Boyd Gaming said Monday it won't buy the remaining half of the Borgata Hotel Casino & Spa, Atlantic City's top casino.
The Las Vegas-based company owns half of the Borgata, and had the right of first refusal to buy the remaining half from MGM Resorts International.
Boyd says it's comfortable owning half of the casino-hotel.
MGM chose to sell its half-share rather than cut ties to the family of an Asian gambling mogul suspected of ties to Chinese organized crime. The company has a joint venture casino in Macau with Pansy Ho. Her father, Stanley, has long denied allegations that he is affiliated with Chinese criminal gangs.
MGM said it has received an offer of just over $250 million for its half of the Borgata from a third party it would not publicly identify.
But Boyd said matching that offer would not be in its best interests.
"Given other opportunities and our current focus on de-leveraging our balance sheet, the current offer would not provide a sufficient return on investment for our shareholders," the company said in a news release Monday morning. "Despite this decision, we are confident in the future of Borgata. The property represents a major investment by Boyd Gaming, and it has delivered substantial value for our shareholders.
"We remain comfortable with our current position as managing member and 50 percent owner of Borgata, the region's premier destination resort," the company said.
MGM plans to go through with the sale to its unnamed bidder "as expediently as possible," said Alan Feldman, an MGM spokesman.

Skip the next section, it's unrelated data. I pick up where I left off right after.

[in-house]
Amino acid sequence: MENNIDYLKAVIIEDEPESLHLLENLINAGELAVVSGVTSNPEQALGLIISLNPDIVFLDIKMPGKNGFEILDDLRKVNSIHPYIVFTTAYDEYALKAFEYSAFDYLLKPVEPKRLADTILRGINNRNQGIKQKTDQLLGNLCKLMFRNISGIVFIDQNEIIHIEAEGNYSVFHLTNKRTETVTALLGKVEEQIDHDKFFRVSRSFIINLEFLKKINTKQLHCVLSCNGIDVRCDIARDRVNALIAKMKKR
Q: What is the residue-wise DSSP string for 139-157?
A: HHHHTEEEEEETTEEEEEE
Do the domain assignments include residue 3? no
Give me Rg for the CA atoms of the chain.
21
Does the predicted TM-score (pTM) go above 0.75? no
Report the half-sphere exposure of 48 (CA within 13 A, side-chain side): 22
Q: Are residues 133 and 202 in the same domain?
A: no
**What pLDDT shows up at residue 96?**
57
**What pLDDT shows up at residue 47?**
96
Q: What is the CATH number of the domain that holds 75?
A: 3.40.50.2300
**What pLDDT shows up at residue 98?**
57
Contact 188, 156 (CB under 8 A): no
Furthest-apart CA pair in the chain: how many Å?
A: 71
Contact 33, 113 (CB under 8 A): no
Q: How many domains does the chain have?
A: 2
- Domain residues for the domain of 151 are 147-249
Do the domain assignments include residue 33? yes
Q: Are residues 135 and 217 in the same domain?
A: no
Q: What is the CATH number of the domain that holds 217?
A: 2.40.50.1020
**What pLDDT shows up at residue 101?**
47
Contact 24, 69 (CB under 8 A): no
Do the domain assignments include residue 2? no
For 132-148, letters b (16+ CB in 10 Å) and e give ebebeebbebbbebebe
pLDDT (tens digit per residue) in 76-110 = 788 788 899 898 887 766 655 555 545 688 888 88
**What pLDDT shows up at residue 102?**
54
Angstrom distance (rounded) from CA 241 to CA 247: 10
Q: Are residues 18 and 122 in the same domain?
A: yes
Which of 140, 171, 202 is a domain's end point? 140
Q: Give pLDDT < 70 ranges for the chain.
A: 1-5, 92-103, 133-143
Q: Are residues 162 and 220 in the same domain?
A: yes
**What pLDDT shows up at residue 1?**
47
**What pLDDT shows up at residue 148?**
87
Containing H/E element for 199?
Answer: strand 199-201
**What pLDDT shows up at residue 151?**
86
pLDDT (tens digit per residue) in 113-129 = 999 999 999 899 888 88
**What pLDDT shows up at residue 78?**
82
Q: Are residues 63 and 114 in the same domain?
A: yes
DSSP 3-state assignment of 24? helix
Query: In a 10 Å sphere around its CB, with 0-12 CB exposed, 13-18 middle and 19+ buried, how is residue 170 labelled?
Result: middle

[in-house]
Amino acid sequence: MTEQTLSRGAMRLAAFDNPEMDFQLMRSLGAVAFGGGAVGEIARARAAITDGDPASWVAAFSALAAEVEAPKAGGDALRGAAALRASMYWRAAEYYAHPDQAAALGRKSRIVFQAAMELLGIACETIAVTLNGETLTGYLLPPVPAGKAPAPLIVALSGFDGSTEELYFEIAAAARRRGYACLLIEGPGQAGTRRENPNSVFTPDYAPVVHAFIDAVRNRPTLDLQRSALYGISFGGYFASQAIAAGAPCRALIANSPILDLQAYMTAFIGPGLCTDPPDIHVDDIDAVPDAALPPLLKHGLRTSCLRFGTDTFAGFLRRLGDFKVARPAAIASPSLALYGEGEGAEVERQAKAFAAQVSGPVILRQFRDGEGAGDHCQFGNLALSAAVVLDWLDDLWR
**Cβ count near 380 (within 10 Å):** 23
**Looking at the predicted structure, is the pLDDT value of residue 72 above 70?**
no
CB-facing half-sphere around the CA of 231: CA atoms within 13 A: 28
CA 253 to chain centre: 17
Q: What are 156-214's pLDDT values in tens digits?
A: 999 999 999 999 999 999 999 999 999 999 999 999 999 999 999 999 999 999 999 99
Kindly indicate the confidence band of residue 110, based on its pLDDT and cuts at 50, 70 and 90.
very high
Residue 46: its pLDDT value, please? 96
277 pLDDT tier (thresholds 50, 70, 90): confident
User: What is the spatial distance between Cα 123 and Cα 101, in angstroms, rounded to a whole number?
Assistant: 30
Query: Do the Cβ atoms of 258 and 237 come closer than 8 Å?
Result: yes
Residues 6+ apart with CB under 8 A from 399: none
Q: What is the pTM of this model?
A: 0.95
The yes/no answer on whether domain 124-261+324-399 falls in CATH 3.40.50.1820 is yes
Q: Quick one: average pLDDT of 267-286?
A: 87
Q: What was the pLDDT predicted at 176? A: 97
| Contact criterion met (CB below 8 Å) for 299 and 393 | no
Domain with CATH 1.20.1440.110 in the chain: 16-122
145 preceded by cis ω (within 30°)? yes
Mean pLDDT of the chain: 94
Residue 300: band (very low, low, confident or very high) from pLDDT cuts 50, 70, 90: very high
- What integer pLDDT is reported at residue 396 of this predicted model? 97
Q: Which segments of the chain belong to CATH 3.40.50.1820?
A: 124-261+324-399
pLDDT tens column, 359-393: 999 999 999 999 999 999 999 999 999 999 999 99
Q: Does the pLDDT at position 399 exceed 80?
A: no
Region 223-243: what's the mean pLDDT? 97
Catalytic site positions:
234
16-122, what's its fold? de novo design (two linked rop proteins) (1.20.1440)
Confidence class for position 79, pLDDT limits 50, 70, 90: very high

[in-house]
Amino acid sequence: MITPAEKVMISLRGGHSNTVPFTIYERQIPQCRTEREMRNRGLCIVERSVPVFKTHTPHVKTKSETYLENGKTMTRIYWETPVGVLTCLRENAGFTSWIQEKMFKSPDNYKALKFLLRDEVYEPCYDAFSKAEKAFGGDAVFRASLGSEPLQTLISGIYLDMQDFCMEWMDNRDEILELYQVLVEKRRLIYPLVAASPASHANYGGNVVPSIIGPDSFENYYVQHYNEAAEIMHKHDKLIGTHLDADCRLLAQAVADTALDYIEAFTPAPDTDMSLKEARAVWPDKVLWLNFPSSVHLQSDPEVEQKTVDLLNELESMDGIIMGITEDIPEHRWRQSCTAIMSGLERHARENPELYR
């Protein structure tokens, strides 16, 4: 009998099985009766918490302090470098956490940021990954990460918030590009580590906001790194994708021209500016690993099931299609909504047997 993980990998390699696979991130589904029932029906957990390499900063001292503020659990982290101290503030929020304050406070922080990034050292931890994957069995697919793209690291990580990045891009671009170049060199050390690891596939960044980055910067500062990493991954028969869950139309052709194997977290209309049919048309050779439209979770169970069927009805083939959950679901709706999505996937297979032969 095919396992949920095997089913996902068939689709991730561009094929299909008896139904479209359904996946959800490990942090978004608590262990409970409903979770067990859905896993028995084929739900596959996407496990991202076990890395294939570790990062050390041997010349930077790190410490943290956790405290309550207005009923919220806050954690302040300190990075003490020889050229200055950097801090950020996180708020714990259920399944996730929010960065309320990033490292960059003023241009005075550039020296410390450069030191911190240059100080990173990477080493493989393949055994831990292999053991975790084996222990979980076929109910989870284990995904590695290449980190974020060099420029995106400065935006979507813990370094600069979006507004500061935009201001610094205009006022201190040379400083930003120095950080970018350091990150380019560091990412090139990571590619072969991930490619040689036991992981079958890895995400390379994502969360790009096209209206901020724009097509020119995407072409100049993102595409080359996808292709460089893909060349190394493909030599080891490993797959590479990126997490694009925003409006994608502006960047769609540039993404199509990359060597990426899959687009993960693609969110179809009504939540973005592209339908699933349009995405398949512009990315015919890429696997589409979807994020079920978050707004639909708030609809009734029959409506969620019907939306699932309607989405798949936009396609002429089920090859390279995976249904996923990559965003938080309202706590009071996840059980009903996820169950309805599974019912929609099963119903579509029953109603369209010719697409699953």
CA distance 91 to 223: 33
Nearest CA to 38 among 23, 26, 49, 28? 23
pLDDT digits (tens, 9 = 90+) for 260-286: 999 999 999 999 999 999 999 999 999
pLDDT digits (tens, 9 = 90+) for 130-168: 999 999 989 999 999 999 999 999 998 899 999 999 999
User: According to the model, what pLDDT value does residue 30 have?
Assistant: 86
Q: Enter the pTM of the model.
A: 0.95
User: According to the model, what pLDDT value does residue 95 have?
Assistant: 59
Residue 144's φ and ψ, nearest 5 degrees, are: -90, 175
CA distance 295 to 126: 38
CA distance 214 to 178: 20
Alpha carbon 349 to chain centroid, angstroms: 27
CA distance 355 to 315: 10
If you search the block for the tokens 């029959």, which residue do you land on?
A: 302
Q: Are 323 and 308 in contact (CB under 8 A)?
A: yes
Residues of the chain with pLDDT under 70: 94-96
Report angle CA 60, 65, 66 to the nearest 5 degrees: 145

The Borgata opened in 2003 as a joint venture between Boyd and MGM, and soon became the dominant casino in the nation's second-largest gambling market. Bringing Las Vegas-style glitz and buzz to the New Jersey seashore, the Borgata touched off a casino arms race here as competitors scrambled to build their own expensive hotel tower additions, renovate hotel rooms and gambling floors, and concentrate on top-name entertainers.
But the trend also pushed at least three second-tier casinos here to the brink of insolvency.
Boyd's third-quarter profit was $5.6 million, or 6 cents a share, down from $6.3 million, or 7 cents a share, a year earlier.
Matthew Jacob, an analyst with Majestic research, said the Borgata has not been immune to the forces working against Atlantic City, particularly stiff competition from casinos in neighboring Pennsylvania.
"The property's net revenues have declined consistently over the past few years, as it has faced pressure from competition in Pennsylvania and the weakened economy," he wrote in a research report pegged to Monday's earnings announcement. "Competition for the Borgata _ and the Atlantic City market as a whole _ continued to heat up with the introduction of table games in Pennsylvania in July 2010, potentially worsening the situation for Atlantic City by drawing from an already-strained pool of gamers."
Boyd's stock closed Monday at $8.38 a share, up 39 cents or 4.88 percent.